I will say that I have loved my experiences at UVU, and I still love UVU. My concerns speak to the difference between individual support (which I have felt from my entire department) and institutional support, which has been deficit. To me, (re)aligning institutional practices means considering these contexts moving forward.
What I am not recommending is that we rescind our invitation to Wendy. Rather, I ask for folks across campus to join in determining how we are best to bridge the divide between our communities. How can we be proactive in our efforts to include, rather than reactive? How can we create space to discuss these differences? How can we do the work of healing, supporting and succeeding?
I have faith we can walk forward in spite of our contradictions. I know in my heart this decision is one made in oversight, and not with intent to exacerbate the existing fault lines that run across UVU at the intersections of identity. However, it must be acknowledged that the painful work to bridge the gulf between words and action is often a labor performed by the marginalized – and we do this work alone.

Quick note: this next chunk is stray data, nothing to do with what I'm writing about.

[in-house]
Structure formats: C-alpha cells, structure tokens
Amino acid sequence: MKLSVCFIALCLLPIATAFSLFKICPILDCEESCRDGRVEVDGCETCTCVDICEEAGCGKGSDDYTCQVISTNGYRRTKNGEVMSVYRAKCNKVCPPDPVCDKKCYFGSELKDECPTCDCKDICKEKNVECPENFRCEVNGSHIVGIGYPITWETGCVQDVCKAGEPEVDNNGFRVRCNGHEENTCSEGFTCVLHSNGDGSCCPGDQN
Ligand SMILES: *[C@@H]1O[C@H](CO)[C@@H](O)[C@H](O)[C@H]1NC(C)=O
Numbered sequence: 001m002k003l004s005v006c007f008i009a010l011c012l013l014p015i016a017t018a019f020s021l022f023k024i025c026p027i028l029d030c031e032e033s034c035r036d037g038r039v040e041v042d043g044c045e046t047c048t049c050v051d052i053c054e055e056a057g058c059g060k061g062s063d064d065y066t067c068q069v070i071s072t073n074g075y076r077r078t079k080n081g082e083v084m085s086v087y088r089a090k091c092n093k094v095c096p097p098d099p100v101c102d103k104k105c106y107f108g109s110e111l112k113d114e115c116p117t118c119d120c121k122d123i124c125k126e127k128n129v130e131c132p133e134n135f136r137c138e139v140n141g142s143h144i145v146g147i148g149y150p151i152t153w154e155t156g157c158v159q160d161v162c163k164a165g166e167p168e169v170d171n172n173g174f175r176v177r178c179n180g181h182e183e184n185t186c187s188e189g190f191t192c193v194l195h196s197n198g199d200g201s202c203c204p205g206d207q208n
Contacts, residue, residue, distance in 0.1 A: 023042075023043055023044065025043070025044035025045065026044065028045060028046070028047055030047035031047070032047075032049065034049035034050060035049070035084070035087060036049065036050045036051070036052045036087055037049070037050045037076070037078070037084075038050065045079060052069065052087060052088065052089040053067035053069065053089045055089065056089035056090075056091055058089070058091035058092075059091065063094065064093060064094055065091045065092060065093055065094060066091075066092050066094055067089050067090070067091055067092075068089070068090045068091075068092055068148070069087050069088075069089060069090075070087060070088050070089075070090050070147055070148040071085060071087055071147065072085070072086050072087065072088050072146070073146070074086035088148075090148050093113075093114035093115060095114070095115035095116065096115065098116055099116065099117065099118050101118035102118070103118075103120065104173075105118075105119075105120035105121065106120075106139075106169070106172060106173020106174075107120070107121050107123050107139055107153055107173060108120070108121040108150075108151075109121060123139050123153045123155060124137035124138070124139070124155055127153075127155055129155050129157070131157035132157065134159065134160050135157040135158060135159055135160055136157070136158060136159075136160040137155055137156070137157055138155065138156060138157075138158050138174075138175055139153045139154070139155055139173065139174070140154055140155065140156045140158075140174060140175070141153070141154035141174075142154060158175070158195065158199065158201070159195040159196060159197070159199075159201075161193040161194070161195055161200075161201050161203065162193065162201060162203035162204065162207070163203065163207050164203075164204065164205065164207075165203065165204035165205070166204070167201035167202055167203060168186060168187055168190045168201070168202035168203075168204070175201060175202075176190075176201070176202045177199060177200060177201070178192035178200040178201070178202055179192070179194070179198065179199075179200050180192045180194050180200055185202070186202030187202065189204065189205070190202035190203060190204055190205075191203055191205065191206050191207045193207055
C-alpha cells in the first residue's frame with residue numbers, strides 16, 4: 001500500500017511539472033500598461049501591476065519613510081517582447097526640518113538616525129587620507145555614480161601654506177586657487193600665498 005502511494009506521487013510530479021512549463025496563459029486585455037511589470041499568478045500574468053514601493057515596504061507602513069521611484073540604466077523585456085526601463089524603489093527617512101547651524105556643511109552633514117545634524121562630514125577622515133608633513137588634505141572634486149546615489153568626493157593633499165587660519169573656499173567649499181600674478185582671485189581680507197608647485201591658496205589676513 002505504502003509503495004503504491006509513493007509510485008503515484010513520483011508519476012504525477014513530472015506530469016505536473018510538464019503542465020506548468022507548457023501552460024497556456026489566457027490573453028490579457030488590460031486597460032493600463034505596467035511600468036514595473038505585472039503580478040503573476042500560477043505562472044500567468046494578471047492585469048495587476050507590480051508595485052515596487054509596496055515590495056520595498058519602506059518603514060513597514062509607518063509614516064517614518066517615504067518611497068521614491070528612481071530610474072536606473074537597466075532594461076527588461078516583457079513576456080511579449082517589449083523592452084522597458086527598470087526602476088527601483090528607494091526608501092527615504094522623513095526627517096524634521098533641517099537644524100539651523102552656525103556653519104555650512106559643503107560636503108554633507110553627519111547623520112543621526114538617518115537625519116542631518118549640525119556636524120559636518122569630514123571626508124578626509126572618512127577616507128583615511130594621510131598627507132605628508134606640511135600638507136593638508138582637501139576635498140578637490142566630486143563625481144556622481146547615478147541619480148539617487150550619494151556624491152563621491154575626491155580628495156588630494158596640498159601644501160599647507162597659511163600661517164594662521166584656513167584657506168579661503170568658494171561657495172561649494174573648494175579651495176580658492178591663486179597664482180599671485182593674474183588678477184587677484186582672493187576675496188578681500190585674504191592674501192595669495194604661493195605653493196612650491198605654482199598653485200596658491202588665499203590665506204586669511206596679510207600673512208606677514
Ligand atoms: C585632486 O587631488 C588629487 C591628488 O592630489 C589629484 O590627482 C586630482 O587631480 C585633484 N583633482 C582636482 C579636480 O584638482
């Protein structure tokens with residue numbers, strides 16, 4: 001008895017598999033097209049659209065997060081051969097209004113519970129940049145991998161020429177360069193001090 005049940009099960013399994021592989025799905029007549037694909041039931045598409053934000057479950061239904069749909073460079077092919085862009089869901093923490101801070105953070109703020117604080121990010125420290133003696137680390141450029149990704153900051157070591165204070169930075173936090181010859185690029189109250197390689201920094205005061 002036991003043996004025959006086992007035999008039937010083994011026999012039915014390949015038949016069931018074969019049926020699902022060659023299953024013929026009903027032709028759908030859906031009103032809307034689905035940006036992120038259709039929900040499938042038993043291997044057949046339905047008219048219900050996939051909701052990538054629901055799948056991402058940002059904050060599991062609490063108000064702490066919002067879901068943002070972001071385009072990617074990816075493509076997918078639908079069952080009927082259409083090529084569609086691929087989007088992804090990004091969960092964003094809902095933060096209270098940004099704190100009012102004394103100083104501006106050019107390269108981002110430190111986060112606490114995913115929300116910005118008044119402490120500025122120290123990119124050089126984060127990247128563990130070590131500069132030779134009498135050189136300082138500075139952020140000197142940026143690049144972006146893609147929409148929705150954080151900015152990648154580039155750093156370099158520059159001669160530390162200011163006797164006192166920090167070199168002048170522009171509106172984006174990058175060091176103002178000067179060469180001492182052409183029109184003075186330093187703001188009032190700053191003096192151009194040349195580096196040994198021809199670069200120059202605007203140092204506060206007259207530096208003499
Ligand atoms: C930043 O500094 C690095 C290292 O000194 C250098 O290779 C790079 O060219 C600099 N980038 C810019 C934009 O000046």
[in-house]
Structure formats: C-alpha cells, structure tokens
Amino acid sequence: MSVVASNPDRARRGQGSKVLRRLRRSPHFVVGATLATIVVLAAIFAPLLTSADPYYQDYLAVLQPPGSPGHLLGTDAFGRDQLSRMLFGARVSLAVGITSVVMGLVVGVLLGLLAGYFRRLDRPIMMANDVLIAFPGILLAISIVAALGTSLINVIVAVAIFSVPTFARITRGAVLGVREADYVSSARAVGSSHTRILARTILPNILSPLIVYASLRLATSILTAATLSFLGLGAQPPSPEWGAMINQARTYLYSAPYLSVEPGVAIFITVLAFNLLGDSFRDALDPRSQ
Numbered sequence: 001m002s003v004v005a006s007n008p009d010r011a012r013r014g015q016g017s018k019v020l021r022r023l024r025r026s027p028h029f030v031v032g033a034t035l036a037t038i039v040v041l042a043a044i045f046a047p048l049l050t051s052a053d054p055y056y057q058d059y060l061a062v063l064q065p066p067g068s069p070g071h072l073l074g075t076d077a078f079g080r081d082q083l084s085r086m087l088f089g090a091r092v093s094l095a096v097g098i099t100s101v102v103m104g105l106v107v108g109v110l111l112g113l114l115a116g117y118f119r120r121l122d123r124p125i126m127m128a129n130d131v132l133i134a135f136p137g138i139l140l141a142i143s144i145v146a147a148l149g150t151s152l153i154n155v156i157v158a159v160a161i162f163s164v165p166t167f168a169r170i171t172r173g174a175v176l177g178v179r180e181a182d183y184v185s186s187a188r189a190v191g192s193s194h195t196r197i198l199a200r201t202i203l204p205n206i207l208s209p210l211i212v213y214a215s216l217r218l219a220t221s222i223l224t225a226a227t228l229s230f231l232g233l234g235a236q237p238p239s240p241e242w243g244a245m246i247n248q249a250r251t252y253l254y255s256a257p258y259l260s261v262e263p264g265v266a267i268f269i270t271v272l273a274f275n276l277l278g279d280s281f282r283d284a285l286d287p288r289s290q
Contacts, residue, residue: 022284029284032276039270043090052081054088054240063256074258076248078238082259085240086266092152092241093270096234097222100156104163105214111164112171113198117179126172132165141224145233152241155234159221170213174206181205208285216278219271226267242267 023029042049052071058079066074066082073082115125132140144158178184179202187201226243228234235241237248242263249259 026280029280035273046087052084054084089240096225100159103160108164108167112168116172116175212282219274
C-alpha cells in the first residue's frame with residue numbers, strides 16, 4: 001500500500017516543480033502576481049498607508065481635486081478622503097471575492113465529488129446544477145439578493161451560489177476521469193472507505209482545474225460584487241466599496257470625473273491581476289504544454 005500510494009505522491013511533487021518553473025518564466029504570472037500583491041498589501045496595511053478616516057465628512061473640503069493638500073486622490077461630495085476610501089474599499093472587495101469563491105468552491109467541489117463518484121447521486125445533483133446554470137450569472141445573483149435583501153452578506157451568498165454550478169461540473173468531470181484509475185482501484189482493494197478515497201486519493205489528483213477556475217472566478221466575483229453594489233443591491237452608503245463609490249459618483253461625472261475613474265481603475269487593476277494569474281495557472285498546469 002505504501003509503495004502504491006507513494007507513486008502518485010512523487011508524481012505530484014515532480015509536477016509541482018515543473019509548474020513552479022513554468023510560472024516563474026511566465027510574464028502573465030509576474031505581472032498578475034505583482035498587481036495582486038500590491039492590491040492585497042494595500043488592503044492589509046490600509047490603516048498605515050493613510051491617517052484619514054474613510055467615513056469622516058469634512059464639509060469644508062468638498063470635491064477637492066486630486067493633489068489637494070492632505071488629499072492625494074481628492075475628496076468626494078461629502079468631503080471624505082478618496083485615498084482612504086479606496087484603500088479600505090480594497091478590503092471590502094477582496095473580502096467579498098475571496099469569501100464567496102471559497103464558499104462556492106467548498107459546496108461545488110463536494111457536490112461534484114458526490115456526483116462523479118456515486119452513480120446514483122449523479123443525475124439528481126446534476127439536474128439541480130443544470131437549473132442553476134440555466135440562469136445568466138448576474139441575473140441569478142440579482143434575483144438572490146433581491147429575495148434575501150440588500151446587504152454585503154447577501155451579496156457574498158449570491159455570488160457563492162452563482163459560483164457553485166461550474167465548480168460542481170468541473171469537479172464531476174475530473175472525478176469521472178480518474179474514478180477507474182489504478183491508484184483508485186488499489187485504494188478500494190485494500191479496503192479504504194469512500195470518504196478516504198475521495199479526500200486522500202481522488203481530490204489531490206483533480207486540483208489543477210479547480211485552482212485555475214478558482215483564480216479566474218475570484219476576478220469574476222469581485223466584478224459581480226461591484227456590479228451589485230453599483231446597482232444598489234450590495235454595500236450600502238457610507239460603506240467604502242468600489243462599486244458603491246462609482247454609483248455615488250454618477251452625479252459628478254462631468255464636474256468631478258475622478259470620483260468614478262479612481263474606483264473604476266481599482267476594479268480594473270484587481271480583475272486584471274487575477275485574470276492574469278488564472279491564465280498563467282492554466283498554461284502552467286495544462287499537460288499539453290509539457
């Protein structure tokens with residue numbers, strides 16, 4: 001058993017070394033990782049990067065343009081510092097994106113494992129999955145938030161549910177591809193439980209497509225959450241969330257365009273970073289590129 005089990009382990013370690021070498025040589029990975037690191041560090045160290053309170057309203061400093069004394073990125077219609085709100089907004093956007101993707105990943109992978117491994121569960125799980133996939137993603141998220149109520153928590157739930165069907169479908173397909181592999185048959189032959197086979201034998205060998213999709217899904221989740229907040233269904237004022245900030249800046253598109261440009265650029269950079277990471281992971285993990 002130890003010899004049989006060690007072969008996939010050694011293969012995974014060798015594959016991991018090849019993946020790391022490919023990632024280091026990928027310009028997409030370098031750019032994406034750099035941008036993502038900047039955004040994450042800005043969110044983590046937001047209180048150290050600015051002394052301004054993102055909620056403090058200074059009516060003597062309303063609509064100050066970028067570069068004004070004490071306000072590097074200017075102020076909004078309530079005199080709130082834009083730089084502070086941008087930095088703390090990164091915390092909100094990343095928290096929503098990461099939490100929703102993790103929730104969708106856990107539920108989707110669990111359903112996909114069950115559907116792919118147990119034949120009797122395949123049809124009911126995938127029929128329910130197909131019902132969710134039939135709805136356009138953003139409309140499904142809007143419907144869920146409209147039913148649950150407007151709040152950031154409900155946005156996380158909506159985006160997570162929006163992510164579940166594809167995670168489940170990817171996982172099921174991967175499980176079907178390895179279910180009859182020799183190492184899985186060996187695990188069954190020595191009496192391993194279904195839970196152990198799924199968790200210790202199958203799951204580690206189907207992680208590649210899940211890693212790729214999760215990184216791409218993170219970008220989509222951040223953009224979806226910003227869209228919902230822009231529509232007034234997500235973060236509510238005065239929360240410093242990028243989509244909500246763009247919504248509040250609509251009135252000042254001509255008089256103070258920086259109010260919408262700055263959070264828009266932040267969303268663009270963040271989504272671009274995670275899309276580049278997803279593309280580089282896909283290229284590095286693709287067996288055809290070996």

To those who may feel similar to myself: I remind you that you are seen and supported by many individuals across UVU, even when the institution falls short. I designed the report and support site with help from many campus stakeholders to streamline the process for you to find help with any concern you face.
To UVU leaders I ask: Moving forward, how will you demonstrate exceptional care to LGBTQ+ students, faculty, and staff?
One stop for all concerns: https://www.uvu.edu/reportandsupport/
Mental Health Services: https://www.uvu.edu/studenthealth/psych/index.html